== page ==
One such wonder is the Cajaput Forests of Xeo Quyt. Here the river is near engulfed by a thick swathe of trees and vines which hide the remains of Viet Cong bunkers. A boat trip here, usually run on traditional wooden canoes, will take you to the heart of the forest. Water hyacinths bloom abundantly beneath the canopy and you are likely to see colourful birds darting between the trees. A walking trail runs parallel to the canal and leads you between the Viet Cong bunkers that dot the area. The forest was an important base during the war as it was the hideout for the main generals. The bunkers were so expertly camouflaged that they were not found until after the war, even though there was an American base just 2km away.
More broadly, during your time on the delta, you have to sample the region’s most iconic delicacies. Bun Mam is rice noodles topped with shrimp, river fish, onions and aubergine, all coated with a healthy dose of fish sauce. It can be bought at markets throughout the area and is well worth trying. It is often served alongside Banh Cong - a savoury cake made from shrimp, minced pork and green beans. You will also see lots of fish dishes - unsurprising considering the surrounding environment - and those particularly worth trying are Lau Mam (a delicious fish hotpot) or Ca Linh Chien (crispy fried little fish served with vegetables and dipping sauce).
No trip to Vietnam would be complete without a visit to Hoi An, the jewel of the central coast. It is home to colourful architecture, a fantastic food scene and white sand beaches, and is the perfect place to while away a couple of days on the banks of the Mekong.
Cars and motorbikes are banned from the centre of the city, giving it a more laid back atmosphere than Ho Chi Minh and Hanoi, and most homestays offer push bikes to guest. You can join the locals and cycle around the city streets, stopping to take photos or duck into cafes.
During your time in the city, it is also well worth taking part in a cooking class. Hoi An is particularly famous for its food scene and its reputation is entirely justified. Its cuisine has been influenced by the many nationalities that have lived and traded here over the centuries and is now home to fried crab cakes, crispy pancakes, noodle salads and steaming bowls of pho. Learn to make these specialities for yourself and, if you want to sample the best of them, head to Quan Dau Bac and order a tasting plate.
Still a hidden gem in a country which is seeing more and more tourists every year, Ninh Binh is Vietnam at its most rural and authentic. Limestone cliffs tower over sprawling rice paddies, earning Ninh Binh the nickname of ‘Halong Bay on land’. The region is mostly flat and can easily be explored by bike at a laid back pace, cycling from village to village and admiring the scenery as you go. While in the area, be sure to take a boat ride at Trang An. Traditional wooden boats glide along the river, passing temples, caves and lakes, and making stops at scenic areas. It is best to get to the boarding point early in the morning or late in the afternoon if you want to have the river to yourself.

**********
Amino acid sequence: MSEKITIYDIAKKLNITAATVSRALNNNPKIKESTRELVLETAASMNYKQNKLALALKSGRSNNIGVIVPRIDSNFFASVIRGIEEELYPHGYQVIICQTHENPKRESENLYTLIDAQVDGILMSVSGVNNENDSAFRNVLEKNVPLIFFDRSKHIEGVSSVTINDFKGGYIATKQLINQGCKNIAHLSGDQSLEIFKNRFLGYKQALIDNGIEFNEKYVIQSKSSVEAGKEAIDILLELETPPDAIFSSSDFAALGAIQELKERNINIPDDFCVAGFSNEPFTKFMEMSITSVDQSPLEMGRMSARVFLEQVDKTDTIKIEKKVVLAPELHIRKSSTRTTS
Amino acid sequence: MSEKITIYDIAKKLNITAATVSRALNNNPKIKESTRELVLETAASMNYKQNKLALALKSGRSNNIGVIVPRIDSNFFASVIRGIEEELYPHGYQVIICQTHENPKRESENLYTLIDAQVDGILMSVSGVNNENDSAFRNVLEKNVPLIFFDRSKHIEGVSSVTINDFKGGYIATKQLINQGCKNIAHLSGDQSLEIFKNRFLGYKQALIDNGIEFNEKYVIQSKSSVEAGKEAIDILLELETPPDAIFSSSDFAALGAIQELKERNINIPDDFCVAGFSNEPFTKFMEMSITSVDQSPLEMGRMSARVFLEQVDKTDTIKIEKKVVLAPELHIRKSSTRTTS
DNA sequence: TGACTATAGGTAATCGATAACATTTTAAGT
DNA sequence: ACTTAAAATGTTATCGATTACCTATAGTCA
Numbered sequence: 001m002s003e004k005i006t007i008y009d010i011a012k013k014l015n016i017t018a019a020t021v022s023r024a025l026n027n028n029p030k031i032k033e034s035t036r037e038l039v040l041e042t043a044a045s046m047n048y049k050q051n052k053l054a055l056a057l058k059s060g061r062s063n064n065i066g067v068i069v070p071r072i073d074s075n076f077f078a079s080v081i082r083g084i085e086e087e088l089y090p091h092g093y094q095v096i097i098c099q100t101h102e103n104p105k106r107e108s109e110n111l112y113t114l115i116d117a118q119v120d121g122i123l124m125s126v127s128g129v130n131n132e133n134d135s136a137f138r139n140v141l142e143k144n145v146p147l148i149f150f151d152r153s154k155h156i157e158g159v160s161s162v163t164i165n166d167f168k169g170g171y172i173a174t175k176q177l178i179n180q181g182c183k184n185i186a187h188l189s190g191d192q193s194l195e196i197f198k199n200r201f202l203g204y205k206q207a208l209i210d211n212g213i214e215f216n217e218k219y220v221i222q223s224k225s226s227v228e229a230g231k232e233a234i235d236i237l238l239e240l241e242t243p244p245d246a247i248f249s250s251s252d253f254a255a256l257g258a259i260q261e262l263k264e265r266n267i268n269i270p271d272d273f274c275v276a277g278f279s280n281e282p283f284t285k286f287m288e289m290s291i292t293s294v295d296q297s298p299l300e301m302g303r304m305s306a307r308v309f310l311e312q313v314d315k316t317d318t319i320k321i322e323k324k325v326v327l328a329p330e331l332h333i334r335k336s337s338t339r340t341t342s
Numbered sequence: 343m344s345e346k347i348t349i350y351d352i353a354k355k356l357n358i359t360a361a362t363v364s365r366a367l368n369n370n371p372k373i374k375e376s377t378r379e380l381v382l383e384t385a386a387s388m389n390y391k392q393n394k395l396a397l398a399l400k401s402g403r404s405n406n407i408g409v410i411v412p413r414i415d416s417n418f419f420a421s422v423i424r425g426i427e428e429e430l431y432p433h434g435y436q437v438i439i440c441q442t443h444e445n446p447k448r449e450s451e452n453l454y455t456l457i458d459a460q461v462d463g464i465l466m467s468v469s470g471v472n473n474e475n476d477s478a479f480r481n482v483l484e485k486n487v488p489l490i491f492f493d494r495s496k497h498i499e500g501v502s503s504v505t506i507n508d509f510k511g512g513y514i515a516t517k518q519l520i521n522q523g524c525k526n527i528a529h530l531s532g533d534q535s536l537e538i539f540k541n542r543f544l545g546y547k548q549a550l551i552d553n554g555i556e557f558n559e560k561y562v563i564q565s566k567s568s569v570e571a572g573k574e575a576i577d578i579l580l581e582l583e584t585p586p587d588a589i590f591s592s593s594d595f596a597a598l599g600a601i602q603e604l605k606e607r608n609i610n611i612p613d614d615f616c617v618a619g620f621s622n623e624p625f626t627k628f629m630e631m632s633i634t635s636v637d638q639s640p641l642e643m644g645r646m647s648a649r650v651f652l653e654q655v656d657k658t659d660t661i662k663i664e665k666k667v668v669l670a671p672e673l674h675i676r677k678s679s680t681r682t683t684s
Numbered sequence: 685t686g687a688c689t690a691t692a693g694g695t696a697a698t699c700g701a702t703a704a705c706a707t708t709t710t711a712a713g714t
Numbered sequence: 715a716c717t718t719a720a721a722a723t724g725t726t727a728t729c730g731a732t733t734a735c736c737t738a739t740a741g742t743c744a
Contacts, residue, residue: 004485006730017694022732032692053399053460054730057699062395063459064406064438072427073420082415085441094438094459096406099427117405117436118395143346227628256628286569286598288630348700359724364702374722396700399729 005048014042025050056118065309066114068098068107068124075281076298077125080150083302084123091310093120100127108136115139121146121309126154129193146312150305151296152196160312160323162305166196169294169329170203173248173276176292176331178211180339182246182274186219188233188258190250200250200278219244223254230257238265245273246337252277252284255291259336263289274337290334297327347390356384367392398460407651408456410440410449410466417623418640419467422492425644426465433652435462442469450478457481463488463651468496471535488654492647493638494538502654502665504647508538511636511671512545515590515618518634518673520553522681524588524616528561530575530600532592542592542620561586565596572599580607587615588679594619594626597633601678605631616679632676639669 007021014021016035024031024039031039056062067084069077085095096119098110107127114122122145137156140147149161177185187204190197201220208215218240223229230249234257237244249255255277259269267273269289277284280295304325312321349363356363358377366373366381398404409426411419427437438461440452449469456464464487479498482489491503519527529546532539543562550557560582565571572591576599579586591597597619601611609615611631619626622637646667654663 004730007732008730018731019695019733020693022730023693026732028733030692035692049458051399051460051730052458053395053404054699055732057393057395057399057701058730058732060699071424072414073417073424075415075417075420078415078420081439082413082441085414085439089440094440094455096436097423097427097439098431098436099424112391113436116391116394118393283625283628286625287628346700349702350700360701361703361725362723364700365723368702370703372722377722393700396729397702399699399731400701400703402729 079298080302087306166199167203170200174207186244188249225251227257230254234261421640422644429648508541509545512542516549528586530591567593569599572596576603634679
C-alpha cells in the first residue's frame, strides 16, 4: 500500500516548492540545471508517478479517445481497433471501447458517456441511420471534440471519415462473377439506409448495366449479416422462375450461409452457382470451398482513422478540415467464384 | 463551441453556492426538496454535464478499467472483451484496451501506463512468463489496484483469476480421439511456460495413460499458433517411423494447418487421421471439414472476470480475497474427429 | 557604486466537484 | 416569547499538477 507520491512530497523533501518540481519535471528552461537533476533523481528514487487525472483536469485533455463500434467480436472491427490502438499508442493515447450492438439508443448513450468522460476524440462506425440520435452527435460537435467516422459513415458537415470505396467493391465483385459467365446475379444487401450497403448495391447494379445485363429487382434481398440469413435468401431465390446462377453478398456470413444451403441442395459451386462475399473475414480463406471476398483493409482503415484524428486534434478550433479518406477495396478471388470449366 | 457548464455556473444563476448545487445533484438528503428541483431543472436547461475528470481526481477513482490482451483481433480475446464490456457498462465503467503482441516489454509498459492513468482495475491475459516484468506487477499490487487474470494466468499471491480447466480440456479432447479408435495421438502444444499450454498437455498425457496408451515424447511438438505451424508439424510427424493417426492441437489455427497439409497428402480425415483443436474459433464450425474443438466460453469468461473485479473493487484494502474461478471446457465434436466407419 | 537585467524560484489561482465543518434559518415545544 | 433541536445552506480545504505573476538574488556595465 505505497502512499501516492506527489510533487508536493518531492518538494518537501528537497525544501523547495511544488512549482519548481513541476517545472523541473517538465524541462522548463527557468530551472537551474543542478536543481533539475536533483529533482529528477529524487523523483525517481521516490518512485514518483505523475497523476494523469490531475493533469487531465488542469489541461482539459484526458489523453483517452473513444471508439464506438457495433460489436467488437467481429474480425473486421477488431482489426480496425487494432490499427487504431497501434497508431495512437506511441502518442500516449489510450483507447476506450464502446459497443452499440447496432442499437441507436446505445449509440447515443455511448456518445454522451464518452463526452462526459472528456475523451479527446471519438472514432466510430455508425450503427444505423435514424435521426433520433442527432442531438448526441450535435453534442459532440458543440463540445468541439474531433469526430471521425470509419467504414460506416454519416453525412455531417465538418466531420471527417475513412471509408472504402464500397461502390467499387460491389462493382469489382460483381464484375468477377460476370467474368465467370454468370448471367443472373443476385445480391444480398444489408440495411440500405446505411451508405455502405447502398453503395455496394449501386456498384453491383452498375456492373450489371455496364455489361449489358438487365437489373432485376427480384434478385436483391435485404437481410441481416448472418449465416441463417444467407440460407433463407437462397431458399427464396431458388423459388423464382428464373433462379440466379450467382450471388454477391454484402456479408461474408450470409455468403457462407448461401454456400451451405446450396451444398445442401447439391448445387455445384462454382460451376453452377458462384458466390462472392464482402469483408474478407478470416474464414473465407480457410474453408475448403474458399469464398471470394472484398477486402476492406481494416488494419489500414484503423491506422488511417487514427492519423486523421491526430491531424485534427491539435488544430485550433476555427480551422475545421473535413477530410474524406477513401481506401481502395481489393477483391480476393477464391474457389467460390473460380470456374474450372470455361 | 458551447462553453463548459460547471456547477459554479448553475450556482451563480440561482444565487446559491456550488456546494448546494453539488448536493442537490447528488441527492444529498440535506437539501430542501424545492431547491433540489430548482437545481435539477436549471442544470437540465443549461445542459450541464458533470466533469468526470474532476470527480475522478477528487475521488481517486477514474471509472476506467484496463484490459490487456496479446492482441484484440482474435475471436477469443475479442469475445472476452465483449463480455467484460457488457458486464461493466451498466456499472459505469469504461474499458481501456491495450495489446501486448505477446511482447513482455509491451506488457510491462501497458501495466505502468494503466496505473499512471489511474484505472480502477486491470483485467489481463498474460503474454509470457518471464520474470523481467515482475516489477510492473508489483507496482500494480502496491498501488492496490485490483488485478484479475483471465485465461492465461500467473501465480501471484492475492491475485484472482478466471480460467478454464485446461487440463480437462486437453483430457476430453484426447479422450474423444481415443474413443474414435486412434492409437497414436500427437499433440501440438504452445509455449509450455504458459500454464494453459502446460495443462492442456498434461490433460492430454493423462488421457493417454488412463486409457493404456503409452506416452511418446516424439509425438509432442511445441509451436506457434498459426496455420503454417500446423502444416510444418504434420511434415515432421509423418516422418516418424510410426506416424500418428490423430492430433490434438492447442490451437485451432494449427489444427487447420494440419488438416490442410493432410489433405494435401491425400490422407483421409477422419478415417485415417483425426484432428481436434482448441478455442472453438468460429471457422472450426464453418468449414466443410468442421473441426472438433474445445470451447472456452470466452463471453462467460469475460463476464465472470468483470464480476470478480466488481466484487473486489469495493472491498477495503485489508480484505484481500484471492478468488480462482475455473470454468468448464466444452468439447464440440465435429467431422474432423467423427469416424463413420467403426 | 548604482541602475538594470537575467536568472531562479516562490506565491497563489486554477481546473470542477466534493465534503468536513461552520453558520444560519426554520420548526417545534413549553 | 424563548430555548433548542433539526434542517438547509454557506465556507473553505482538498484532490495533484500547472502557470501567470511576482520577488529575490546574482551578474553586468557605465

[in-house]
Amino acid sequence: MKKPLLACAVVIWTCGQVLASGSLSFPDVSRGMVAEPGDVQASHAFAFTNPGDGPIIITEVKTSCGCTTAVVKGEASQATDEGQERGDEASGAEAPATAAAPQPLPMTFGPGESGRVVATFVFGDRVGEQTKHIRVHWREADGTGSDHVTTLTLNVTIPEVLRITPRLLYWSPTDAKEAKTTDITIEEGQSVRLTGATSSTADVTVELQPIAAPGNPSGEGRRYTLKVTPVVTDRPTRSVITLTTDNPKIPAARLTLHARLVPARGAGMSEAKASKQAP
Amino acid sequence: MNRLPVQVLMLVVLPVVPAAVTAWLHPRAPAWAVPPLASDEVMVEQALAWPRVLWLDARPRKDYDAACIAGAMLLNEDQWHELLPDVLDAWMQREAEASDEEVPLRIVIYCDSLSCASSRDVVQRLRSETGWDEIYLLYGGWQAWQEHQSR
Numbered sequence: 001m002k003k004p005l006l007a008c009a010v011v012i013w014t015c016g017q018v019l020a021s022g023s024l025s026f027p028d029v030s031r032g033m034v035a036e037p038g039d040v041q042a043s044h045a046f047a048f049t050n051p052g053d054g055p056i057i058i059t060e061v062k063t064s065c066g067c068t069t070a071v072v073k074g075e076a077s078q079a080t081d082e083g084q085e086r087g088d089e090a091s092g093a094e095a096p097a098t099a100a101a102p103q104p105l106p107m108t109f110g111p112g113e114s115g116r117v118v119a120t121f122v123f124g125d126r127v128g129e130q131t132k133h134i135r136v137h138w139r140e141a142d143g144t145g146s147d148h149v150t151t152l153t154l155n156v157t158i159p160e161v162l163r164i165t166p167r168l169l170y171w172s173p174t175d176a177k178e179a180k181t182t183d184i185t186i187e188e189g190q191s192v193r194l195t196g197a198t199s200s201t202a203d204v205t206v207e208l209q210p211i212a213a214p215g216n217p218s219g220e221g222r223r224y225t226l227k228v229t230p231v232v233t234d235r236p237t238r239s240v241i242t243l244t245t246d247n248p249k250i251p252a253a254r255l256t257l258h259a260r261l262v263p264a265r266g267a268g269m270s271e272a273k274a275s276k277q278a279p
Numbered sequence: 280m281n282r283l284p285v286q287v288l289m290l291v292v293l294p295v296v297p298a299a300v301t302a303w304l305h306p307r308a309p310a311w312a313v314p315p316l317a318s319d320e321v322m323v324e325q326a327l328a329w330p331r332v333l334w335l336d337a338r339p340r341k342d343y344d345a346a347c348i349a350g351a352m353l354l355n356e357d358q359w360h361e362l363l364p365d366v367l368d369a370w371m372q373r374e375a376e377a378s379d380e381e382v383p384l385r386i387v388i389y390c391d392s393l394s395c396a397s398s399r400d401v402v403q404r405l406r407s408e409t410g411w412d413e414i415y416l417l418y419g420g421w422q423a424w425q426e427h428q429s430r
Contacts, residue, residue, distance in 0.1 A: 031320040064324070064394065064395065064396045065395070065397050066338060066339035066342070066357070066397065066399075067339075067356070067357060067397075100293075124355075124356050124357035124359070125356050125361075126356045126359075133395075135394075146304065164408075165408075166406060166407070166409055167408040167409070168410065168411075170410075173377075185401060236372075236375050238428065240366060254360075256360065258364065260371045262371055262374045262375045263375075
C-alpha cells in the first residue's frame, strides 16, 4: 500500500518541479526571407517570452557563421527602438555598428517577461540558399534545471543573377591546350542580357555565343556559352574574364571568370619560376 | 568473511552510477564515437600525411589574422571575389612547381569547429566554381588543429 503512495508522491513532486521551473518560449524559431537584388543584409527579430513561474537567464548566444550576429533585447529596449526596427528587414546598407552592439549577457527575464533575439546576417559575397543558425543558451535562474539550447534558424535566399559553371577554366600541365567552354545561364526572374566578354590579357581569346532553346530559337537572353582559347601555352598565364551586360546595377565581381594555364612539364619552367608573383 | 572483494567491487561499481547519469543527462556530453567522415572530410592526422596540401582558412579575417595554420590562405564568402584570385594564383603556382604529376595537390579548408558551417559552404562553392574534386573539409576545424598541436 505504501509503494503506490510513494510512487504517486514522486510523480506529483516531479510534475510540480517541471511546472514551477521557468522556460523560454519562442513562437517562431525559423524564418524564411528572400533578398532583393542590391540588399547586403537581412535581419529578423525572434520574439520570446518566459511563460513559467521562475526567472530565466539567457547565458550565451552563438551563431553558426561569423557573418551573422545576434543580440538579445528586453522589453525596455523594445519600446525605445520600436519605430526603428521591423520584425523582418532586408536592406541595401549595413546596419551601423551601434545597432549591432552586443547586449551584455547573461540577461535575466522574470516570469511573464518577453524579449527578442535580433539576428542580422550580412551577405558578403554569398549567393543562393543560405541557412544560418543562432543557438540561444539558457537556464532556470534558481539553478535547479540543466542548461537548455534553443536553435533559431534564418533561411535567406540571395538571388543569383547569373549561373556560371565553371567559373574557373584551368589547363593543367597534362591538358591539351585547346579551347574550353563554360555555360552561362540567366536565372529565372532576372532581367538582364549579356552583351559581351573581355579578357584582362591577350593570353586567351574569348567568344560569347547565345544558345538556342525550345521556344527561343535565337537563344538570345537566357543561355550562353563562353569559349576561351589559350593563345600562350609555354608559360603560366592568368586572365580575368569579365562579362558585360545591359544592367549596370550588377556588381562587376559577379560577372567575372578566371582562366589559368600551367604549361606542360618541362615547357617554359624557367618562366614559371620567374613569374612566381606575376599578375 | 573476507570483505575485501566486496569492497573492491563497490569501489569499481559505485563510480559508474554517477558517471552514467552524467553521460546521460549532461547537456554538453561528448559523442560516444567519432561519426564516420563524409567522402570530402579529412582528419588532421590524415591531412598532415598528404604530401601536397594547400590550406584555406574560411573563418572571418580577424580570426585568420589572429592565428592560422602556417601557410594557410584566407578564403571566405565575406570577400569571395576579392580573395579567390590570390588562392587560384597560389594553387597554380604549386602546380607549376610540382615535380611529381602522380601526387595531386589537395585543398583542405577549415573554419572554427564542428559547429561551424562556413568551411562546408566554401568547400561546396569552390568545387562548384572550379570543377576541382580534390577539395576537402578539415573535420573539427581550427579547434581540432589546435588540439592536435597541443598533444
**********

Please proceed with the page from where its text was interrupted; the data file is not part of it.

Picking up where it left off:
Another site worth working into your itinerary is the Thung Nham Bird Garden. It is a small national park tucked away in the mountains and it is where most of the region’s birds make their nests. There are hiking trails and caves to explore and if you head to one of the park’s viewing platforms in the late afternoon you are likely to see a true spectacle. Birds of all kinds and colours flock to the park to return to their nests. With the karst limestone cliffs as a backdrop, it’s an unforgettable experience.
Northern Vietnam’s most popular trekking base, Sapa is a must visit for lovers of the Great Outdoors. Although the city itself has become a tourism hub, once you step into the rice terraces and mountain villages you will understand how the region draws visitors back again and again. There are all kinds of hikes available in Sapa, from half day strolls to multi day treks. These vary widely in intensity and you can ask our local experts for advice on which routes will suit your schedule and ability.
One experience worth factoring in is a visit to the Muong Hoa Valley. This is where the Black Hmong minority live, an indigenous group whose way of life has remained unchanged for hundreds of years. From Sapa, a two hour trek through the surrounding fields and forests will lead you to the heart of the valley. Once there you can explore the village and get to know more about the locals and their daily lives. As you continue along the trail you will enjoy incredible panoramic views over the valley and the villages that dot the paths. The whole walk takes around five hours and offers a great insight into the ancient and mysterious lifestyles of Sapa’s residents.
The one day routes are definitely the most popular so if you wish to escape the crowds it is worth taking part in a multi-day trek. There are homestays available in villages throughout the area and the rolling hills seem to go on for eternity. Whether you want to summit Fan Si Pan, Vietnam’s highest peak, or simply meander from village to village and watch the world go by, there is no shortage of options in Sapa.
Make it happen
If you would like to explore the best of Vietnam, then get in touch with our local experts. They are brilliant at creating tailor-made itineraries - after all, Vietnam is their home and they know it like the backs of their hands! Simply send an enquiry with a few details about you and what you'd like to do and they will get to work on your perfect holiday. To speak to someone in the TravelLocal office, please call +44 (0) 117 325 7898.